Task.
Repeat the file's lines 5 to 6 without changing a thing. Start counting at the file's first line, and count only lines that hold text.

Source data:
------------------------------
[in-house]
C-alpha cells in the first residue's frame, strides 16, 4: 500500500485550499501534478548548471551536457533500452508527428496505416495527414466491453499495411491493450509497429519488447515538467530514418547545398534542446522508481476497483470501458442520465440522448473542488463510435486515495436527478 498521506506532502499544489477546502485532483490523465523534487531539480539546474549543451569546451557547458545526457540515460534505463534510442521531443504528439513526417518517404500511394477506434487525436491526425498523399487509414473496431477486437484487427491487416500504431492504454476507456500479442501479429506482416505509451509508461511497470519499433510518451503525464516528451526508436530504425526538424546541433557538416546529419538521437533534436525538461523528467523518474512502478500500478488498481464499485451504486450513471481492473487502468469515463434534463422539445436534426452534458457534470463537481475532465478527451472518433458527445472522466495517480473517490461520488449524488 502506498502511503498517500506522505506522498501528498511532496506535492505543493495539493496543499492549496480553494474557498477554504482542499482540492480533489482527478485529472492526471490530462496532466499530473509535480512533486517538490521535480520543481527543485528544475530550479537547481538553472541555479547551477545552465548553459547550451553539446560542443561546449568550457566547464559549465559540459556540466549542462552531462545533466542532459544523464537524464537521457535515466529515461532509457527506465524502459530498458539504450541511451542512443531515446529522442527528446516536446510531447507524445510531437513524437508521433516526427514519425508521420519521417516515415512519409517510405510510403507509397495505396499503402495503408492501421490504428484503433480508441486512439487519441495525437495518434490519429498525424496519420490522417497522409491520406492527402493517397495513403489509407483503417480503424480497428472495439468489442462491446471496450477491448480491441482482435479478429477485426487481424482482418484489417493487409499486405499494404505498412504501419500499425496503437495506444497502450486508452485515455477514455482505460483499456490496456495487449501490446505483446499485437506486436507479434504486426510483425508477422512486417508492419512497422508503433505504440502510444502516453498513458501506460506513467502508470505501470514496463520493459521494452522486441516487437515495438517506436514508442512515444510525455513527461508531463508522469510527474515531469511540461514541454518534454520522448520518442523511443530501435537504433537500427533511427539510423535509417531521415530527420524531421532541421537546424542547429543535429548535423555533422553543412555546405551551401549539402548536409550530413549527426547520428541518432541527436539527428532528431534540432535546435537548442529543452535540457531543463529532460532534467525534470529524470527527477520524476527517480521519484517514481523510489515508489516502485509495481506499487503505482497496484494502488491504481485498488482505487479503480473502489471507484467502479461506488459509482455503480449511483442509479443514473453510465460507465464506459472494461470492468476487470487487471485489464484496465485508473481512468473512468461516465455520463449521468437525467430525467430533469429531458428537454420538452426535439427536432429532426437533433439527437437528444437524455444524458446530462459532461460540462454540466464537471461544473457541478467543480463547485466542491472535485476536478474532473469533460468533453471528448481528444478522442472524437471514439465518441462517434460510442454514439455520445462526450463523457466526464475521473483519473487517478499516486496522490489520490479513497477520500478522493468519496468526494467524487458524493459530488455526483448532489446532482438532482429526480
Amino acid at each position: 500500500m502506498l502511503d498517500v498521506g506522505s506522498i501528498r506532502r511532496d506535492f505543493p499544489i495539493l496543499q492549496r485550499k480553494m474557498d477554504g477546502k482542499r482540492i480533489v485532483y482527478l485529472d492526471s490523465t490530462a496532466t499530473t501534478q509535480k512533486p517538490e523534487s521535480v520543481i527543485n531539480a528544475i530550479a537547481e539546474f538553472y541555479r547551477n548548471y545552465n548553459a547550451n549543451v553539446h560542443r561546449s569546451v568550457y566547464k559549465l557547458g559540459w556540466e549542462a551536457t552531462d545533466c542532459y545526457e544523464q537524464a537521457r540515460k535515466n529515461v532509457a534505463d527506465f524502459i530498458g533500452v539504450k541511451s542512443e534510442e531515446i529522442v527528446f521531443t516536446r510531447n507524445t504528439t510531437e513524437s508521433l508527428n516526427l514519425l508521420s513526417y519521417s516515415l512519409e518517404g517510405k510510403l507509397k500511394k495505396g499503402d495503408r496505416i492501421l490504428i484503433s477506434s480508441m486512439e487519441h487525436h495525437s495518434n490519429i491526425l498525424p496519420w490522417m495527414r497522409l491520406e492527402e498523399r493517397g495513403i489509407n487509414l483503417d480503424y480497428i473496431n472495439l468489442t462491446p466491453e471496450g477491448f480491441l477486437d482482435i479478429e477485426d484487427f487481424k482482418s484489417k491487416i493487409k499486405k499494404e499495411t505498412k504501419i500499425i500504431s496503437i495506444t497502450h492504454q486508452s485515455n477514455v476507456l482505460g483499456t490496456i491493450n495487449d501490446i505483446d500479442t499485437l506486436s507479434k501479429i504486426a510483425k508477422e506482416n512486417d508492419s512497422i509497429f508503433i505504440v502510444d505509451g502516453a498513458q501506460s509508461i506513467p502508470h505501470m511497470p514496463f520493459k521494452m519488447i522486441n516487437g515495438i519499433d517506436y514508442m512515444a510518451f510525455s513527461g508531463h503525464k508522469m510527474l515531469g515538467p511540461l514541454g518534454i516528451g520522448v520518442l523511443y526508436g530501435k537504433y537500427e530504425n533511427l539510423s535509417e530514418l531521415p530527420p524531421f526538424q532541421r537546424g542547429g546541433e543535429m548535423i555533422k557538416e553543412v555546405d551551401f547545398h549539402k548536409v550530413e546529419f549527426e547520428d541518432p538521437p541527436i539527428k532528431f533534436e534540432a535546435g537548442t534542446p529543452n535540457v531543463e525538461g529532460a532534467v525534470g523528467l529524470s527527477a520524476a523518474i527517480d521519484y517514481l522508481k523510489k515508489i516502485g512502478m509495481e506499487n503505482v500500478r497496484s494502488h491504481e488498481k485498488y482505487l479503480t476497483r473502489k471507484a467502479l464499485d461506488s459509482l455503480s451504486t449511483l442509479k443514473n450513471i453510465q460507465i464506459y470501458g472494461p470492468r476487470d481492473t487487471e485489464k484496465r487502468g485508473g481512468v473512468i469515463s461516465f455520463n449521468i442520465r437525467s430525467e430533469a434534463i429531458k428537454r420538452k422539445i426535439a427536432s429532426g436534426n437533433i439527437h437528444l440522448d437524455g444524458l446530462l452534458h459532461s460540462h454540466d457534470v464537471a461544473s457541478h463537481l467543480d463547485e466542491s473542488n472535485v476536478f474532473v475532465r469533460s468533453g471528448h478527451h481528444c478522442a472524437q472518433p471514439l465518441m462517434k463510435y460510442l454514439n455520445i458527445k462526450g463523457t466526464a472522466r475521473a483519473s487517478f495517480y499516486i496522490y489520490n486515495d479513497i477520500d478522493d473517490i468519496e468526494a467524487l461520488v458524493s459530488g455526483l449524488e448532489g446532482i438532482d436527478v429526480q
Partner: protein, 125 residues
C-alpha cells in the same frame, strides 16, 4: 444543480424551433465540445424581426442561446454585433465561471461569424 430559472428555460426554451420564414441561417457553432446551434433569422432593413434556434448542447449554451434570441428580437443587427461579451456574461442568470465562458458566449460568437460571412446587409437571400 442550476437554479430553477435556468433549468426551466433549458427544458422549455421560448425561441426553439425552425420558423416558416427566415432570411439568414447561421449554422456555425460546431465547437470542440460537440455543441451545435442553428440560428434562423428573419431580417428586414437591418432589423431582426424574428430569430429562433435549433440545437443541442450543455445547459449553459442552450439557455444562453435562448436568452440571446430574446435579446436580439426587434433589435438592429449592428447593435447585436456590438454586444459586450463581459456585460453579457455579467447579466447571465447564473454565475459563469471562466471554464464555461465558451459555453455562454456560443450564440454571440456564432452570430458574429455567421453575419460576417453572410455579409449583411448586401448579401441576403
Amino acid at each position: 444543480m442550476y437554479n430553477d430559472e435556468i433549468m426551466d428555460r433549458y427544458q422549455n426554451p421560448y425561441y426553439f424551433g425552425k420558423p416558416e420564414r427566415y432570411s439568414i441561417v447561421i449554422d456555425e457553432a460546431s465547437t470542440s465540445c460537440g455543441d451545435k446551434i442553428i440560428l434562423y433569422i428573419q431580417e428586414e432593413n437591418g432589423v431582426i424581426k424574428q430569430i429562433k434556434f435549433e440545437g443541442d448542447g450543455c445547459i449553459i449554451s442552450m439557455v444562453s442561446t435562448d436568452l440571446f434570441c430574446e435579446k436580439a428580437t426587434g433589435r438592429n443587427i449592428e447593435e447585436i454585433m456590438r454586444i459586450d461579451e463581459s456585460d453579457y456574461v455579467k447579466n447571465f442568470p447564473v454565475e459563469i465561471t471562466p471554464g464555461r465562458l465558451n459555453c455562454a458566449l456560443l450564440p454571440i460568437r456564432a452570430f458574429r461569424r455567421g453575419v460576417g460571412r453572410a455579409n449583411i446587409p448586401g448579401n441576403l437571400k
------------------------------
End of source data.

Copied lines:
C-alpha cells in the same frame, strides 16, 4: 444543480424551433465540445424581426442561446454585433465561471461569424 430559472428555460426554451420564414441561417457553432446551434433569422432593413434556434448542447449554451434570441428580437443587427461579451456574461442568470465562458458566449460568437460571412446587409437571400 442550476437554479430553477435556468433549468426551466433549458427544458422549455421560448425561441426553439425552425420558423416558416427566415432570411439568414447561421449554422456555425460546431465547437470542440460537440455543441451545435442553428440560428434562423428573419431580417428586414437591418432589423431582426424574428430569430429562433435549433440545437443541442450543455445547459449553459442552450439557455444562453435562448436568452440571446430574446435579446436580439426587434433589435438592429449592428447593435447585436456590438454586444459586450463581459456585460453579457455579467447579466447571465447564473454565475459563469471562466471554464464555461465558451459555453455562454456560443450564440454571440456564432452570430458574429455567421453575419460576417453572410455579409449583411448586401448579401441576403
Amino acid at each position: 444543480m442550476y437554479n430553477d430559472e435556468i433549468m426551466d428555460r433549458y427544458q422549455n426554451p421560448y425561441y426553439f424551433g425552425k420558423p416558416e420564414r427566415y432570411s439568414i441561417v447561421i449554422d456555425e457553432a460546431s465547437t470542440s465540445c460537440g455543441d451545435k446551434i442553428i440560428l434562423y433569422i428573419q431580417e428586414e432593413n437591418g432589423v431582426i424581426k424574428q430569430i429562433k434556434f435549433e440545437g443541442d448542447g450543455c445547459i449553459i449554451s442552450m439557455v444562453s442561446t435562448d436568452l440571446f434570441c430574446e435579446k436580439a428580437t426587434g433589435r438592429n443587427i449592428e447593435e447585436i454585433m456590438r454586444i459586450d461579451e463581459s456585460d453579457y456574461v455579467k447579466n447571465f442568470p447564473v454565475e459563469i465561471t471562466p471554464g464555461r465562458l465558451n459555453c455562454a458566449l456560443l450564440p454571440i460568437r456564432a452570430f458574429r461569424r455567421g453575419v460576417g460571412r453572410a455579409n449583411i446587409p448586401g448579401n441576403l437571400k